Ilan Egoz is originally from Israel and came into contact with the BHU through helping to establish the on-site community gardens when he was involved with the Lincoln Enviro-town Trust. He “fell in love” with the BHU and decided to do the course at the Organic Training College. “I had one of the community gardens, and I have always had a small-scale garden but I didn’t actually know much about organics or horticulture,” he says.
“The course has really opened windows for me.” Two aspects of organic growing in particular really appeal to him – soil science, and tunnelhouses. Ilan puts his interest in soils down to tutor Bill Martin: “he is such a good teacher and really knows about soils”. Tunnelhouses fascinate him because they are so essential to growing in this climate, says Ilan, where there are late frosts in spring, early frosts in autumn, and wind at any time of the year. He has finished building a experimental tunnelhouse that has passive thermal mass in the form of black-painted drums of water, which will absorb heat during the day and release it at night.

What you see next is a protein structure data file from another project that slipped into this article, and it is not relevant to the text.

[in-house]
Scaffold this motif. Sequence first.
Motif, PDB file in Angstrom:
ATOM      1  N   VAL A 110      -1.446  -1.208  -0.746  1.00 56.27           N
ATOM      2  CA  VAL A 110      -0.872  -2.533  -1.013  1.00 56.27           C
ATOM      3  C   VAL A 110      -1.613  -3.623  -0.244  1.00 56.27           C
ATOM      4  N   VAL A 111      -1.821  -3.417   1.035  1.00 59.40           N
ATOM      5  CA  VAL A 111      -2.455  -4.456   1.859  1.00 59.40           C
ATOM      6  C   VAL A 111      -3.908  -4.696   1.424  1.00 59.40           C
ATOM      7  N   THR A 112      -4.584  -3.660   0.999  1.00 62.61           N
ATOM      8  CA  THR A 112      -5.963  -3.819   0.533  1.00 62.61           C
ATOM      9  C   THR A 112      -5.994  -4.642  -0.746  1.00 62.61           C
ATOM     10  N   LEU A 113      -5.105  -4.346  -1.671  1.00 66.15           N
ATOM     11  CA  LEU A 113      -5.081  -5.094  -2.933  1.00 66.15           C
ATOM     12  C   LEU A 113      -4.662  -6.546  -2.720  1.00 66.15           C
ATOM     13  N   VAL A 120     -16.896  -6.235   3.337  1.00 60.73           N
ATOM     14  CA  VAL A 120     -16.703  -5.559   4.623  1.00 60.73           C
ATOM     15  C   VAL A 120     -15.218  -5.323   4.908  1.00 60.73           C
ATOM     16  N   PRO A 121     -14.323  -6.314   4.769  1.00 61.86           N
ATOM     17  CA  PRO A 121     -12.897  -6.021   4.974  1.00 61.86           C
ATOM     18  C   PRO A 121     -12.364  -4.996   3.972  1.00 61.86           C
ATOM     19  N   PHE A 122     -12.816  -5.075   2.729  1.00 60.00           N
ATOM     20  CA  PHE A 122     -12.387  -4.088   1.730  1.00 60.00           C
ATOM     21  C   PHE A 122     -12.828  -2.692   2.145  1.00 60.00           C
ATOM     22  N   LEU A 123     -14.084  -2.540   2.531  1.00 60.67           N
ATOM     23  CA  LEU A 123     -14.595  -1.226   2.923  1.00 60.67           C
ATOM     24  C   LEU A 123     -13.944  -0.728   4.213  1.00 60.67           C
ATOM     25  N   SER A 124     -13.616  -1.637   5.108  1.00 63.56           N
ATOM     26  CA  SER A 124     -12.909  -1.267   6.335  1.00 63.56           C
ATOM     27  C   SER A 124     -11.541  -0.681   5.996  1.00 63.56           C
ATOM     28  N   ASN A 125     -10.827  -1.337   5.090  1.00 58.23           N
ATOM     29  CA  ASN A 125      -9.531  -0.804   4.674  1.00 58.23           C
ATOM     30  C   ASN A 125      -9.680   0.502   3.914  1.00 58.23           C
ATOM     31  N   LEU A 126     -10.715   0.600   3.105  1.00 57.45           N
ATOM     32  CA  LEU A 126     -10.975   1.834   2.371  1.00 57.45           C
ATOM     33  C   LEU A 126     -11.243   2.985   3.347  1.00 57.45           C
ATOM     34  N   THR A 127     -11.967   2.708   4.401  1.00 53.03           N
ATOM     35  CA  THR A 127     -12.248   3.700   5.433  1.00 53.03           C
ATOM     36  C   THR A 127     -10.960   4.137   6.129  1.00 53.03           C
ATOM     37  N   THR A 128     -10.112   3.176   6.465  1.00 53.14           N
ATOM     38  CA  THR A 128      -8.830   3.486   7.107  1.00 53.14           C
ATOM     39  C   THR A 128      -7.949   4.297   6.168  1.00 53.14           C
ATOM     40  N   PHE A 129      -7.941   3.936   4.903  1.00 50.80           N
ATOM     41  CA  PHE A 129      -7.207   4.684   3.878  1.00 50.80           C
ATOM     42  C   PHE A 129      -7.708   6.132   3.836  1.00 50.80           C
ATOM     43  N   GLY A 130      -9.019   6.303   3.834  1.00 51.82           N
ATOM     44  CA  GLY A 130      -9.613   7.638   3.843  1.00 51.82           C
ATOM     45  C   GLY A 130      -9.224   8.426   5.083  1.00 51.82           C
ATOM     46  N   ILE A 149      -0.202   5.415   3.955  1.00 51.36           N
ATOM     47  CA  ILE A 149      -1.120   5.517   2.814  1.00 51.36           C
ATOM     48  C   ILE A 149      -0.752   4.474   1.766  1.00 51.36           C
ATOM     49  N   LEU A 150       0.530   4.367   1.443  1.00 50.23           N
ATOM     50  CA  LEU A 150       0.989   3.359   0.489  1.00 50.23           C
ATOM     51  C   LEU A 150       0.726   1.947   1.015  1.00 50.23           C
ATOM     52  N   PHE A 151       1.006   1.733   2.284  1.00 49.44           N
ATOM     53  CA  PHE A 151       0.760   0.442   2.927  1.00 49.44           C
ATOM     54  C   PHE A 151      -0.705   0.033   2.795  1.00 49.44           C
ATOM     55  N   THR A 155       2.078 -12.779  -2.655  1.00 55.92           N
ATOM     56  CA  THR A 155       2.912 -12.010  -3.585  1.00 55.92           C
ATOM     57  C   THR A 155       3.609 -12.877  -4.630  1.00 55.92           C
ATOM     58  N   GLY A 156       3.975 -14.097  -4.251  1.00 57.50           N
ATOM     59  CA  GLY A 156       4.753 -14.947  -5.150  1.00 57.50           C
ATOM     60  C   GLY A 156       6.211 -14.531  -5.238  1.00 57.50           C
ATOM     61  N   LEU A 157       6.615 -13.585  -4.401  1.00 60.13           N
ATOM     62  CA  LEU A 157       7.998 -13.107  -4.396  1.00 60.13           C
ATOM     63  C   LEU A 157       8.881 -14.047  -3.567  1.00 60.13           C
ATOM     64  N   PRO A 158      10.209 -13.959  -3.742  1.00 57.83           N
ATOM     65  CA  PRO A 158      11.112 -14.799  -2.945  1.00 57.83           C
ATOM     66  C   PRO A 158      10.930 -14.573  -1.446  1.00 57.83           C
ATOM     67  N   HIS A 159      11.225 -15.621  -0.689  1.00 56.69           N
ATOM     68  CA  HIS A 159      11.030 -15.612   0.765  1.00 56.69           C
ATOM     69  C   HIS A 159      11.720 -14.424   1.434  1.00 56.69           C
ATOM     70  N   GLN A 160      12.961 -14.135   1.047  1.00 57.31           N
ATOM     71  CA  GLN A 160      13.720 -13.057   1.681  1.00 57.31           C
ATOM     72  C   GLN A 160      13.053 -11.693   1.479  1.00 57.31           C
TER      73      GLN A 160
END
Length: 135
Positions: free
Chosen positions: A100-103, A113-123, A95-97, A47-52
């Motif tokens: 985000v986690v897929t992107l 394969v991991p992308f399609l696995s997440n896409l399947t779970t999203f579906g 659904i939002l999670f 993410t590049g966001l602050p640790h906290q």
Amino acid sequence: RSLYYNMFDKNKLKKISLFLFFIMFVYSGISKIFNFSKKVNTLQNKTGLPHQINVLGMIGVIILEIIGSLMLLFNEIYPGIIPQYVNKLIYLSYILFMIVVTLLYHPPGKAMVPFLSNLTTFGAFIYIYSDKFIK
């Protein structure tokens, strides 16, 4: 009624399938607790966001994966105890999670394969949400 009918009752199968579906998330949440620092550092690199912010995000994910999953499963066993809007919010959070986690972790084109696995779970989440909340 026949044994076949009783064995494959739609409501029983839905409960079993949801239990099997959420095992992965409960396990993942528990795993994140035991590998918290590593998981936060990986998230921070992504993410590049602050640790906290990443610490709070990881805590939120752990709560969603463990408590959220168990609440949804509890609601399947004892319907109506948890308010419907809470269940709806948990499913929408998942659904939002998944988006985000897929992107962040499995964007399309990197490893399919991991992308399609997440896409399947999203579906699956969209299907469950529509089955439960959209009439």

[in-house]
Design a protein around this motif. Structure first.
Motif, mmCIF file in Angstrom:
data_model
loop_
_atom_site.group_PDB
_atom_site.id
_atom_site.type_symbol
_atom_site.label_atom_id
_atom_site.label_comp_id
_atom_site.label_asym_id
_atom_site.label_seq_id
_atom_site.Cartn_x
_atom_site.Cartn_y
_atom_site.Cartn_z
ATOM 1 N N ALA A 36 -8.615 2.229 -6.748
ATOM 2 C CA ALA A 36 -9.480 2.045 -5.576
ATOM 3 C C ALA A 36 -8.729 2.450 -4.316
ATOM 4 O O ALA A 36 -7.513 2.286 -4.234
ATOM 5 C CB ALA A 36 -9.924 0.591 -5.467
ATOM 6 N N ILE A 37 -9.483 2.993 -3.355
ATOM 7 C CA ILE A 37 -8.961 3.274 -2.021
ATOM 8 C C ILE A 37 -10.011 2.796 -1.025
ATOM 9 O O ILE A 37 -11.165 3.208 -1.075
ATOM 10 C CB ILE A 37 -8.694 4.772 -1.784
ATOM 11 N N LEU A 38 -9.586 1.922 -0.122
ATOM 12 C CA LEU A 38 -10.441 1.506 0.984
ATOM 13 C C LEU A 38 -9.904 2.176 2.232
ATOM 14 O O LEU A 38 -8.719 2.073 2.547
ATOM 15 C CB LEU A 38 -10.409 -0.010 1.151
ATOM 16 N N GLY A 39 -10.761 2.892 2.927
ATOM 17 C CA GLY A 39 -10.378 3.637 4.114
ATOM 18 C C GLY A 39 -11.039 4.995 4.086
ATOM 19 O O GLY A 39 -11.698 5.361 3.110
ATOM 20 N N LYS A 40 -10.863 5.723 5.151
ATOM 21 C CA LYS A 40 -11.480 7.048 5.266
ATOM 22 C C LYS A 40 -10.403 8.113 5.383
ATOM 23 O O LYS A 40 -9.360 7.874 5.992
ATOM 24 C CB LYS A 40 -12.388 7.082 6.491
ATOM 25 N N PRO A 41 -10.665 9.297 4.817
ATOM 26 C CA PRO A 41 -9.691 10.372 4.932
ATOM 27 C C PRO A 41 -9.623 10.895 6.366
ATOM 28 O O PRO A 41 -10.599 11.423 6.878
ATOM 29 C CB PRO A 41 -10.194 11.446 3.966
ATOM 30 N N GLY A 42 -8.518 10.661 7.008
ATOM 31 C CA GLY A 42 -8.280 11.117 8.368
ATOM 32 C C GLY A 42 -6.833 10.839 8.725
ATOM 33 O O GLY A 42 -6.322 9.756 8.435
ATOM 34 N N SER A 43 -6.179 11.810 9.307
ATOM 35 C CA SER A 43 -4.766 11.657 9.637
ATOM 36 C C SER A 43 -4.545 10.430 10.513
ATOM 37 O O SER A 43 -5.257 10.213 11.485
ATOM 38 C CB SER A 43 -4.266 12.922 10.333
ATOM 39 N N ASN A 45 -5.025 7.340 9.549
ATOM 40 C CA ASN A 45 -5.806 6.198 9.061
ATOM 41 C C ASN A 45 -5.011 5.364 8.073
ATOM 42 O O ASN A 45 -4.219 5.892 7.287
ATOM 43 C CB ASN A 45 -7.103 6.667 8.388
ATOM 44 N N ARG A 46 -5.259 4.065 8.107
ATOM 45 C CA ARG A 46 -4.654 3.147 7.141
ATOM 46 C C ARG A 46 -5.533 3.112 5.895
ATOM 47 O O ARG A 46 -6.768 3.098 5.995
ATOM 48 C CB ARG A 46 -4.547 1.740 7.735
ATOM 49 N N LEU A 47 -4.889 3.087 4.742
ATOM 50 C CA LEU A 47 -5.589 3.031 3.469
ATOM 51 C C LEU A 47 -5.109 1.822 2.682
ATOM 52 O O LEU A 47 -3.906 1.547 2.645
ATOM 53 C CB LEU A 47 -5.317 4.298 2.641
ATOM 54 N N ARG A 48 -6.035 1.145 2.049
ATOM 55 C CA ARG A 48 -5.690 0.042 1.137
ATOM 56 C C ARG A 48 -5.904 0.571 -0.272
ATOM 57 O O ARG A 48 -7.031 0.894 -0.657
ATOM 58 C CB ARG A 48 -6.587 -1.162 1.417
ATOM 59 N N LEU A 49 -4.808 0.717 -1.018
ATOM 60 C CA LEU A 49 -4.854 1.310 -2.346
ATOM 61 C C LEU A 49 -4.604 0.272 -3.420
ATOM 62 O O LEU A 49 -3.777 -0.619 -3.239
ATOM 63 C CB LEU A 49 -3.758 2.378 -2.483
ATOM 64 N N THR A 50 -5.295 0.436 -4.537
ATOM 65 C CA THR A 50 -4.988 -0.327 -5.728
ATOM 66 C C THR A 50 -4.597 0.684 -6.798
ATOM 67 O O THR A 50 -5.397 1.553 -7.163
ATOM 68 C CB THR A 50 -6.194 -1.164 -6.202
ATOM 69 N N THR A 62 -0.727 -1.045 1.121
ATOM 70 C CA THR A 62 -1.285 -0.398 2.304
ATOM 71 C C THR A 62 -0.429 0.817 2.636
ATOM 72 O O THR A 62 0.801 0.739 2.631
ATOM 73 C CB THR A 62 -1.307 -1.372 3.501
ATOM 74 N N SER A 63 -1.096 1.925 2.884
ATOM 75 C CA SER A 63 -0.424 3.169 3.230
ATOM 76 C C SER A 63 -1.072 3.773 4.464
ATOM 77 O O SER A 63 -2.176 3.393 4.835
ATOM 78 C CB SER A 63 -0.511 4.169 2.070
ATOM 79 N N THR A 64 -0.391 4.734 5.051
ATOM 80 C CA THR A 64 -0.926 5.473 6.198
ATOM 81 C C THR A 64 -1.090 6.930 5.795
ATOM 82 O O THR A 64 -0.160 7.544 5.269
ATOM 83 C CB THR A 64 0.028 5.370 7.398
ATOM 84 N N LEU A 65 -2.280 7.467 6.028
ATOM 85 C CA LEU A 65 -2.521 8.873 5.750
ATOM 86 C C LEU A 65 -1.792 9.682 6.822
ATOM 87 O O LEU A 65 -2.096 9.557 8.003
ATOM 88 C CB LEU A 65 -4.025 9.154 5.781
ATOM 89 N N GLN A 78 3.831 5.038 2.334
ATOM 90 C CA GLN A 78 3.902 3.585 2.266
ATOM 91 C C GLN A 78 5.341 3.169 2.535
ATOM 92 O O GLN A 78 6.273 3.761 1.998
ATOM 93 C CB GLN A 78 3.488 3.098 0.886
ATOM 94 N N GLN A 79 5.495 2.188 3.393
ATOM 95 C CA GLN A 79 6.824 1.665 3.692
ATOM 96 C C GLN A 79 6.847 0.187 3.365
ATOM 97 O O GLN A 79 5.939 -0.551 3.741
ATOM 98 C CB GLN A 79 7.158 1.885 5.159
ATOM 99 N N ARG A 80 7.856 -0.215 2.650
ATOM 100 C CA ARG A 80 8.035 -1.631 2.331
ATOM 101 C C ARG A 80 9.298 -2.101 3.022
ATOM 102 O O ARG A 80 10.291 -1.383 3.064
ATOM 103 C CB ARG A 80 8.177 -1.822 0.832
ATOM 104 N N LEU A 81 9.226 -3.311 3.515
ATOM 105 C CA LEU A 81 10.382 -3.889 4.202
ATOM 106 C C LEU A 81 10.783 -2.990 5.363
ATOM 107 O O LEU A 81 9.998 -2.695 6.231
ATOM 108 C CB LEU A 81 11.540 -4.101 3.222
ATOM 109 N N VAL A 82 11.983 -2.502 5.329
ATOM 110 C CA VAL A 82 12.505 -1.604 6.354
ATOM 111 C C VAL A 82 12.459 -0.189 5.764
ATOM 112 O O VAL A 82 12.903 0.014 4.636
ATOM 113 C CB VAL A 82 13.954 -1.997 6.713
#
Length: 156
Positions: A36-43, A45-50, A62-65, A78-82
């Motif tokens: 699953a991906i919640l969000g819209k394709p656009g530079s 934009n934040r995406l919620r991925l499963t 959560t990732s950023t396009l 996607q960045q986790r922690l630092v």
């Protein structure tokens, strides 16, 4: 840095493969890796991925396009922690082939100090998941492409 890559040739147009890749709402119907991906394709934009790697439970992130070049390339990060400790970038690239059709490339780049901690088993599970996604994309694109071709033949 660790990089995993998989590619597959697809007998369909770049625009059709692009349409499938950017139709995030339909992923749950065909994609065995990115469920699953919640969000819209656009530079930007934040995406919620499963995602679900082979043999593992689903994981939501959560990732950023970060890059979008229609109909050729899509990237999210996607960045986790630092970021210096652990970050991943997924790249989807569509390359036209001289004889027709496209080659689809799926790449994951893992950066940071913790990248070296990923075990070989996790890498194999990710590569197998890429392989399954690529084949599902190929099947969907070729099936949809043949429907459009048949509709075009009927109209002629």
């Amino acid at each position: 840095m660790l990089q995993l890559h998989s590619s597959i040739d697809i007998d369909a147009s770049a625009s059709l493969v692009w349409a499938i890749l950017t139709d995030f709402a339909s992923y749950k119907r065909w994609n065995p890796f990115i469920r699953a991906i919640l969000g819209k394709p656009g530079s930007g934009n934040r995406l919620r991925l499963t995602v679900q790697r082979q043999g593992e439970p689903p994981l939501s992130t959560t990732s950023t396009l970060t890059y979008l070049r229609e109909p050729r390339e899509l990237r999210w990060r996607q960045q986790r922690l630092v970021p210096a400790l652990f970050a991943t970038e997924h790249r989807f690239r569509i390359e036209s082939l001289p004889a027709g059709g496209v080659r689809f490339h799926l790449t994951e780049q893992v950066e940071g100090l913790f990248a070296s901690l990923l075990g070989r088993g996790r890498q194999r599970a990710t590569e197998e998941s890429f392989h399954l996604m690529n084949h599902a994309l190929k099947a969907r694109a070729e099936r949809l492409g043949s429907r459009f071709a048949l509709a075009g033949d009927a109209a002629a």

“This is the area I want to pursue when I finish the course,” says Ilan. Energy will soon become a real issue and there will be huge interest in trying to grow sustainably as possible. At the moment, he says, some greenhouse growers use coal to heat their houses in winter, and coal in summer to cool them. “This is not sustainable. I am really interested in experimenting with use solar energy and thermal mass in greenhouses and tunnelhouses.”
Ilan has found the tutors at the Organic Training College inspirational. “They really encourage lateral and critical thinking.” First year was exciting and social and he enjoyed beginning to grow on a semi-commercial scale. Last summer Ilan grew cucumbers in one of his tunnelhouses and “grew more cucumbers than the whole of Christchurch could eat. The potential of tunnelhouses is immense.”